Cavs waiving Damyean Dotson was for best for both sides

Last season was not one where Damyean Dotson was able to make much of an impact. Before it, Dotson and the Cleveland Cavaliers agreed to terms on a two-year, $4 million deal, with the second year set to be non-guaranteed.

Whether or not injuries early on did play into it, Dotson did aid Cleveland in some ways early on, and I give him credit for how he filled in some then as a de facto primary playmaker for stretches of games. He appeared to be a capable ball-mover last season in other times when he was regularly involved, and on the year, he had a career-best assist rate of 16.1 percent.

Unfortunately for Dotson and the Cavaliers, he wasn’t able to find a rhythm as a perimeter shooter for the majority of the campaign. And whether it was it being more on-ball than he should’ve been ideally early, or just not hitting open looks, it was a rough year.

He shot a career-low 28.9 percent from three-point range, and that was tough to see, as coming into last season, I thought he could’ve given the Cavs a lift for spurts/stretches in that way. It didn’t materialize, though, and with the struggles Dotson had and uncertainty, it wasn’t surprising that he was waived on Friday. That was per a report from Kelsey Russo of The Athletic.

This move was best for both the Cavs and Dotson, too.

Dotson again hit sub-29.0 percent from three on 3.5 attempts per game, which even with him likely out of his element a bit in the early going last season, was disappointing. One could’ve anticipated him eventually not being back late last season, too.

Even with RJ Barrett’s arrival in 2019-20, Dotson did still help the New York Knicks then as a movement shooter/floor spacer, and he did provide some occasional shot creation in bench minutes.

In 2018-19, Dotson did have a bigger role for New York than the year following, but in a general sense, when he was regularly a rotational contributor, he did prove to be a quality shooter. That wasn’t the case much with Cleveland, simply put.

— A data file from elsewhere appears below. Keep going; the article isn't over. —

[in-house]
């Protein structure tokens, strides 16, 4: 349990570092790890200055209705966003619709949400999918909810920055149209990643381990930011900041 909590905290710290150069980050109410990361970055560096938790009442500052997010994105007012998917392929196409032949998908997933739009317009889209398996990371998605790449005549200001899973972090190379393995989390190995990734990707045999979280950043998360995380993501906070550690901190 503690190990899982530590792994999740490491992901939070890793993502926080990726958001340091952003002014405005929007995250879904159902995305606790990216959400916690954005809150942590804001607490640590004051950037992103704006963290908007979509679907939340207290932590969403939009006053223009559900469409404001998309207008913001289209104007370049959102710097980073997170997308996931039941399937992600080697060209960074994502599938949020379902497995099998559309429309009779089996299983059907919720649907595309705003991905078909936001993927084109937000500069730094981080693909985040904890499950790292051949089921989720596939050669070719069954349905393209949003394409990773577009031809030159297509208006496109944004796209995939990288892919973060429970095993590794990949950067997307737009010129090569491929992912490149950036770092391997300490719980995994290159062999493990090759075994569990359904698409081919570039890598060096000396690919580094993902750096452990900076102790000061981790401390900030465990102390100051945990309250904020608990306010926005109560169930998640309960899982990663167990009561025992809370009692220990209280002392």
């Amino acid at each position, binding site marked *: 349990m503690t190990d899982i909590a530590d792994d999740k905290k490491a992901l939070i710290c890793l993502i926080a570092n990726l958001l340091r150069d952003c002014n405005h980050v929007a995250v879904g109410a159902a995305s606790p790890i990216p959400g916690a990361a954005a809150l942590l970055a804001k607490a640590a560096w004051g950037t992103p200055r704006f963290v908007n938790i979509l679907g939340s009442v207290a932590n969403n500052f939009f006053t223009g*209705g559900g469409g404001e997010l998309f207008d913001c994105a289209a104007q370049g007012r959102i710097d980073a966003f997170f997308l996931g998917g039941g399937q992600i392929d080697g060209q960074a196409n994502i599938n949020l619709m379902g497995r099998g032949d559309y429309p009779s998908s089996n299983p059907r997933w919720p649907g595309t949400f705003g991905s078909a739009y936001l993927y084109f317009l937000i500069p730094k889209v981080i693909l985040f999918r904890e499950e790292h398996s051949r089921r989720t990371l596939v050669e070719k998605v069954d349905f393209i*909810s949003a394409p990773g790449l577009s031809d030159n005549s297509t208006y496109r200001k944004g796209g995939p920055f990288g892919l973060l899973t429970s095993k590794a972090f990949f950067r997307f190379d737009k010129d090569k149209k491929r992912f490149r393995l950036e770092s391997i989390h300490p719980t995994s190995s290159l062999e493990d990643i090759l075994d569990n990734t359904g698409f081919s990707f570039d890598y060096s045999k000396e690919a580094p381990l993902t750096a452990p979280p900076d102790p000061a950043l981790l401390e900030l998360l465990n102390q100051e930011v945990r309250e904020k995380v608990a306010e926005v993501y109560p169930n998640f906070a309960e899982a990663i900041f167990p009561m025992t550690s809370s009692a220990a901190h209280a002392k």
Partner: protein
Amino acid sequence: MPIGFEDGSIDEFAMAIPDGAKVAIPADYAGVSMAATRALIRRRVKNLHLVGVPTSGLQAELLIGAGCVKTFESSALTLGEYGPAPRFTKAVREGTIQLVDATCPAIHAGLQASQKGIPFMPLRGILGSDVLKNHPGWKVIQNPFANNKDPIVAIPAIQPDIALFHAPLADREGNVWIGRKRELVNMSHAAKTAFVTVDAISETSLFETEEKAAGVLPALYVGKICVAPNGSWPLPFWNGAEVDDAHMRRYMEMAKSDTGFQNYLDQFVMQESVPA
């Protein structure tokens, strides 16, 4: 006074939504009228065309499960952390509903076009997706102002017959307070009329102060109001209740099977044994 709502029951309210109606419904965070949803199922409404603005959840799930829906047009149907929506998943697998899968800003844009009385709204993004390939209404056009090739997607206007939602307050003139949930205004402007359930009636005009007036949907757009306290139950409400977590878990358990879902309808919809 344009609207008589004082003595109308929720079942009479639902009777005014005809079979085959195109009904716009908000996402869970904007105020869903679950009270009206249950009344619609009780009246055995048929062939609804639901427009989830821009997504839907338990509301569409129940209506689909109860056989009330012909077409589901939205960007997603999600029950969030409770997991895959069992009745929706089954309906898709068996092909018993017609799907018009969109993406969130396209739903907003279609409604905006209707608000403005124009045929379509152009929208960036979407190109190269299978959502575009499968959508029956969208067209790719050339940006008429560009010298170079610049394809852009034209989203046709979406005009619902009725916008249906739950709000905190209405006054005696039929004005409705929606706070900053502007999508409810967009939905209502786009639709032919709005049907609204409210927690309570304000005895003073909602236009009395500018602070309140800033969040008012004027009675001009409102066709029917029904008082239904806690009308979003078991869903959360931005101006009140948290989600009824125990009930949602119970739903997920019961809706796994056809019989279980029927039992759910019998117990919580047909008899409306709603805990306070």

He appeared to be out of sorts often, whereas at least with the Knicks, he did 36.8 and 36.2 percent from three on 4.7 and 3.4 attempts per outing in 2018-19 and 2019-20, respectively. And plenty of those were movement looks.

An ankle injury earlier in the season wasn’t ideal, either, but given the lack of shooting consistency/viability from him throughout much of last season from deep, and others in the fold, it seemed unlikely that he’d be back. Knee soreness in the later stages of the year didn’t help, for what it’s worth.

Plus, Dylan Windler could’ve potentially been cutting into his opportunities, and Cleveland later on Friday after waiving Dotson signed Denzel Valentine, who they hope could benefit from a change of scenery.

Additionally, although it’s not certain as to which club/possibly clubs could end up having interest in Dotson right now, with the circumstances surrounding last season, and with Cleveland’s injuries throughout, other teams could maybe take a flyer on Dotson. That could feasibly aid him, with the Cavs waiving him when they did prior to training camp set to begin later this month.

Last season was a forgettable one and a difficult one for Dotson, but with potentially a productive training camp elsewhere, perhaps he could make his case for making a team elsewhere heading into the upcoming year.

He has proven to be a more than capable perimeter shooter with the Knicks, and at least Cleveland letting him go before camp could help get him maybe some workouts with a different/teams, which could lead to a camp deal. Or maybe another team-friendly flyer could ensue.

From the Cavs’ standpoint again however, a spot for Dotson didn’t seem sensible, with the others involved, and his role being anything but clear, if he were to have stuck around.

All in all, Cleveland waiving the 27-year-old Dotson was the best scenario for both sides, as opposed to say keeping him around through preseason or maybe waiving him in-season. It was again not a shocker though, and he was not reportedly expected to make the team following camp, per Chris Fedor of